With the exception of the simulations at different nutrient loads shown in Figure 4, the simulations were run without grazing on Dinophysis to focus on the effect of the interactions of Teleaulax, Mesodinium, and Dinophysis on their respective bloom dynamics. In the field, Dinophysis is subjected to grazing by protists (e.g., Fragilidium; Park and Kim, 2010) and metazoan zooplankton (e.g., copepods; Kozlowsky-Suzuki et al., 2006), which keeps their cell numbers lower. The activity of such grazers can be a major factor leading to the decline of Dinophysis blooms, together with changes in hydrodynamic characteristics of the water column (Escalera et al., 2010; Velo-Suárez et al., 2010). In our TMD-complex simulator, applying a generic encounter-based grazing rate to Dinophysis (Figure 4) at different nutrient loads did not affect the maximum biomass of Synechococcus, Teleaulax, or Mesodinium and only prolonged the bloom phase of Mesodinium for a few days under eutrophic conditions. The timing and duration of blooms of Dinophysis did not change but the maximum cell numbers were lower. While grazing has clear potential to constrain Dinophysis numbers, ultimately, the absence of the Mesodinium required to furnish plastids for acquired phototrophy prevents Dinophysis growth. Our study suggests that the mixoplanktonic nutritional mode is a key to explain the seasonal lag of these blooms reported in the literature (Álvarez-Salgado et al., 2011).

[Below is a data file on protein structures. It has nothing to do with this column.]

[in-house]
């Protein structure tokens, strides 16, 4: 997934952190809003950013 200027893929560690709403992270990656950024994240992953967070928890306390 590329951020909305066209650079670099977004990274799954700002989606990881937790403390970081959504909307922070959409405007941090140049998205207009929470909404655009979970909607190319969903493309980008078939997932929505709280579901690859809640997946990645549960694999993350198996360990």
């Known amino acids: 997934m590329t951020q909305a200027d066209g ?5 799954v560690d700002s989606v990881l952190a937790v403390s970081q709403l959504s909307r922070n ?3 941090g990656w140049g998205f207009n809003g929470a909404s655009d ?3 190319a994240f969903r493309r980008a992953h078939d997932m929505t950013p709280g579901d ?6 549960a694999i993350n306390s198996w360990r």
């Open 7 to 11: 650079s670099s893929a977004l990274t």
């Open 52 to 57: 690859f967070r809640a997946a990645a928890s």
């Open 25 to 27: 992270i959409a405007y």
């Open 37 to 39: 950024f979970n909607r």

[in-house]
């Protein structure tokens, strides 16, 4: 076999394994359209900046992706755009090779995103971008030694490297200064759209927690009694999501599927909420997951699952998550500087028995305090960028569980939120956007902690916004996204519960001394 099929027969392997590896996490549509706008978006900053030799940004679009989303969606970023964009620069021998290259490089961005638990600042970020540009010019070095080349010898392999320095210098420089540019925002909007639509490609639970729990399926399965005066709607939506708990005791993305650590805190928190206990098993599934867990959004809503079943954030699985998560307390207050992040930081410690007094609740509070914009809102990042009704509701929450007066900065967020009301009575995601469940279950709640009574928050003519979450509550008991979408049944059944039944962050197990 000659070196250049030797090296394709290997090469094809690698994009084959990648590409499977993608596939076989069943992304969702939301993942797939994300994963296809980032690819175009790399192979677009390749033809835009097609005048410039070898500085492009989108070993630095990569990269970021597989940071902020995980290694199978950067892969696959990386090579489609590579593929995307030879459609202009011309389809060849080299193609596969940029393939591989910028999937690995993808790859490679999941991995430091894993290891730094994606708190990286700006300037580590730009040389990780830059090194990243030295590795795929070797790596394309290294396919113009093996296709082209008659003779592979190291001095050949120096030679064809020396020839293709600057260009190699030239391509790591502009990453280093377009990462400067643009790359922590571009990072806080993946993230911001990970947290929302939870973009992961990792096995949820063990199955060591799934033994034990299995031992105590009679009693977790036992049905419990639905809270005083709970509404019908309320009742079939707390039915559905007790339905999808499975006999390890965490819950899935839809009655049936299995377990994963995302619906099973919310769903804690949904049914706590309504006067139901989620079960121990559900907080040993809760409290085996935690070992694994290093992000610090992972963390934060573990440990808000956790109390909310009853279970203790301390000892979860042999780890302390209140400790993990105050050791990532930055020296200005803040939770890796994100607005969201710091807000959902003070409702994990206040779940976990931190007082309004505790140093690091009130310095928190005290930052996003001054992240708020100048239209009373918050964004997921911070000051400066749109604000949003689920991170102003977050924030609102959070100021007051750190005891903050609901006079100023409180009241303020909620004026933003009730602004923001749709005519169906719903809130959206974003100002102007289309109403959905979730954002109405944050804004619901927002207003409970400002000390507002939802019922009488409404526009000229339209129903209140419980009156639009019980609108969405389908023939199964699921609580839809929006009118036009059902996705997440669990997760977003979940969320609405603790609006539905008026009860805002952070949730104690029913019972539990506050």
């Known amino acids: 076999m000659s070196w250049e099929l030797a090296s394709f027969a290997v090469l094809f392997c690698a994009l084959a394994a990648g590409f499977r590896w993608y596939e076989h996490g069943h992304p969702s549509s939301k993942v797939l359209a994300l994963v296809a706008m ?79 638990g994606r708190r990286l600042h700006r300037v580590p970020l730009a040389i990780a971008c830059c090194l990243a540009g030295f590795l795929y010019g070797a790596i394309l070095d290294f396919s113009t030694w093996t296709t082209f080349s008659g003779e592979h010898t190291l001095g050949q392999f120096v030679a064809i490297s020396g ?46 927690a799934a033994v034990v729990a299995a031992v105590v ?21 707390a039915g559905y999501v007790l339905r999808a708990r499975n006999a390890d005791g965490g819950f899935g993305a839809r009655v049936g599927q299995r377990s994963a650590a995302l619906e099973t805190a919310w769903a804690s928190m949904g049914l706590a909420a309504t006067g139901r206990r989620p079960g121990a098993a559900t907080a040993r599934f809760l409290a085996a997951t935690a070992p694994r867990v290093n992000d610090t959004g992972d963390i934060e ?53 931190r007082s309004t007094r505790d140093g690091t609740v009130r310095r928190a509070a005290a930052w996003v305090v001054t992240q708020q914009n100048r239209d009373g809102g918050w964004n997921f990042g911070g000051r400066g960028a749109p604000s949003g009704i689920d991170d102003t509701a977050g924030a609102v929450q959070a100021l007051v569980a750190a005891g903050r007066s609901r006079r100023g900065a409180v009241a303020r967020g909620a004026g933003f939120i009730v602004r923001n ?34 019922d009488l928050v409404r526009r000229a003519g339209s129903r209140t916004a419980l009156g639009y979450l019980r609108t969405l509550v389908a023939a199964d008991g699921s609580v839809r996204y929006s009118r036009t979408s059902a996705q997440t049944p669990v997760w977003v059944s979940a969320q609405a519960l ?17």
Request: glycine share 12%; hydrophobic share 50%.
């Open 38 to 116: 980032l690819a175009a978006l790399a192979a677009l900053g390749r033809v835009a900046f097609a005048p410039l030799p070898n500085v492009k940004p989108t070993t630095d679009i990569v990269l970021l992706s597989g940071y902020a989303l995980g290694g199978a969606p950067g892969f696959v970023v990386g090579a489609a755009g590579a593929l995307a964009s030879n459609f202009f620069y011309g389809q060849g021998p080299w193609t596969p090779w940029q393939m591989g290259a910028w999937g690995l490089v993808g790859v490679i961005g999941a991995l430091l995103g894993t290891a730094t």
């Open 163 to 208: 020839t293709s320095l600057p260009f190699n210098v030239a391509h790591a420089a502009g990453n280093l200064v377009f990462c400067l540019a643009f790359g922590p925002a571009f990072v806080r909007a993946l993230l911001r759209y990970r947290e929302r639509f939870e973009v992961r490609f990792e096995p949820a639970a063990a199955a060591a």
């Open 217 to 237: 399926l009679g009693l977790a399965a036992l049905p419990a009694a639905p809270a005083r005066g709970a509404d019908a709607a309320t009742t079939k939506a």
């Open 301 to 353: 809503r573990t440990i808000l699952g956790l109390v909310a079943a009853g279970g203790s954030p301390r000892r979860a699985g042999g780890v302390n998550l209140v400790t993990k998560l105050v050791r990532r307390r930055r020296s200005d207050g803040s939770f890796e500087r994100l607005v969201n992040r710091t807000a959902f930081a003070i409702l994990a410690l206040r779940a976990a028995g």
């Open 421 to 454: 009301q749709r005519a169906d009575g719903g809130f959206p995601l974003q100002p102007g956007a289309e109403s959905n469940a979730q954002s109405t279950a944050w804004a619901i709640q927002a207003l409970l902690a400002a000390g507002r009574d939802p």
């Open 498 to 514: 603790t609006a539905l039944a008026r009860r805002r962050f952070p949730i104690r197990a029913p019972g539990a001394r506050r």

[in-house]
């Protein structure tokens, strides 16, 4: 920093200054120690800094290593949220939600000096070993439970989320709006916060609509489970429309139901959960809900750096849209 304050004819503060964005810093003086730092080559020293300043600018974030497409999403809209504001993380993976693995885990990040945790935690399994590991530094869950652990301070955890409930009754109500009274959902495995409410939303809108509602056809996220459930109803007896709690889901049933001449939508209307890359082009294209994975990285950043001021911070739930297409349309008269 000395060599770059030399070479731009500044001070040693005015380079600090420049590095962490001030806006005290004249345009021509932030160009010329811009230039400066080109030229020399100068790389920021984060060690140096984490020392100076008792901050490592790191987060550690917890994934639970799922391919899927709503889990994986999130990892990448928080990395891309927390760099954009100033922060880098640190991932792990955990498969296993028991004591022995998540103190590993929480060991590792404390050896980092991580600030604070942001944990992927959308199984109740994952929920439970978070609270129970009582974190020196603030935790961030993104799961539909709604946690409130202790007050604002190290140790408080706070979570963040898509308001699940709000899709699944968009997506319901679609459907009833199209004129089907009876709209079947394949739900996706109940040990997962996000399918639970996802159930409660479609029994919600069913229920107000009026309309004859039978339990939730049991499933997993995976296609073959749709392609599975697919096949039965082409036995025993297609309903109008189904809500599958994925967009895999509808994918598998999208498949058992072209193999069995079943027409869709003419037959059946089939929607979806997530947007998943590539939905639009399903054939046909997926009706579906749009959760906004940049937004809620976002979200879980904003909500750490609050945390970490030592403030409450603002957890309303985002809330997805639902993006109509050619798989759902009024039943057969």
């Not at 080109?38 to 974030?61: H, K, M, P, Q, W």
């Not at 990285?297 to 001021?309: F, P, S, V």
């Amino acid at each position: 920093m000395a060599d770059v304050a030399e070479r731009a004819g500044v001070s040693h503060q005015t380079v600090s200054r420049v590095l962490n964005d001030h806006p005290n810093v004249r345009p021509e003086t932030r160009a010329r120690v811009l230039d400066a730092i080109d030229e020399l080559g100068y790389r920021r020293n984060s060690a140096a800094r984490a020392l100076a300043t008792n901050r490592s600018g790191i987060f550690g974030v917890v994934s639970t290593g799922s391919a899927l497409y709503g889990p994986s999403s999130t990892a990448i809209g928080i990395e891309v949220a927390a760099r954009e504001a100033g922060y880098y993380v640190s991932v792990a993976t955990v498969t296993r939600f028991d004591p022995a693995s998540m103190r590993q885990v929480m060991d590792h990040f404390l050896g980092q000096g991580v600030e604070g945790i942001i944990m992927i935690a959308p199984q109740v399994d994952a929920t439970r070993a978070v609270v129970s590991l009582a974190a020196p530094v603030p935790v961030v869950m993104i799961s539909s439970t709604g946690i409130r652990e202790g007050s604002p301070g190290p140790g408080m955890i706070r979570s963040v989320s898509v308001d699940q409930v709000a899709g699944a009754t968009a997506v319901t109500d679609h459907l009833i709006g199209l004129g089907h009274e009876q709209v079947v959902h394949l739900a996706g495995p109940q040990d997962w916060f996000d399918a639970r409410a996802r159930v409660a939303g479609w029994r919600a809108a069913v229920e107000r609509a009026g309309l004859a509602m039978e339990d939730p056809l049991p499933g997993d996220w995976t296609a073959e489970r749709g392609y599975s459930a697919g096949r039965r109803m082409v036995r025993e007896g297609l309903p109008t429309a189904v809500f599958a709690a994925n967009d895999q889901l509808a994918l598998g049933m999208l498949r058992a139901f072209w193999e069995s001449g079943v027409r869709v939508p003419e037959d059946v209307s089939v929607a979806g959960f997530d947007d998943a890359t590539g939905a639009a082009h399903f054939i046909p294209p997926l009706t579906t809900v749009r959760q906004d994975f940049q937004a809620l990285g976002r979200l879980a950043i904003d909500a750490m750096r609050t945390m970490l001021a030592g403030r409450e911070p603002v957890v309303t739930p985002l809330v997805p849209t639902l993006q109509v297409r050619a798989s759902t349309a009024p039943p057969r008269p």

Our simulations indicate that light is not a major factor affecting bloom duration, but it did affect the peak height (Figure 3) and thence, the overall dynamics. The model by Moeller et al. (2016), describing the interaction between the cryptophyte Geminigera cryophila (as the plastid donor) and M. rubrum, found that the need for acquired phototrophy affected the coexistence of the organism with its G. cryophila prey, such that increased irradiance shifted a stable coexistence to boom and bust cycles. Our simulations, portraying the entire TMD-complex, showed that such an interaction extended further to Dinophysis. However, while the maximum biomasses of Teleaulax, Mesodinium, and Dinophysis increased significantly with elevated irradiance (Figure 3), the boom and bust dynamic did not repeat in cycles (Figure 6). For Teleaulax, increased irradiance shortened the bloom duration (Figure 3) by accelerating their growth. Without a recurring reseeding (in nature, e.g., by advection), Teleaulax and Mesodinium were grazed to extinction, and Dinophysis, thus, could not take advantage of the increased nutrients. As noted above, the appearance of other predators grazing these organisms would also prevent a cycle from developing.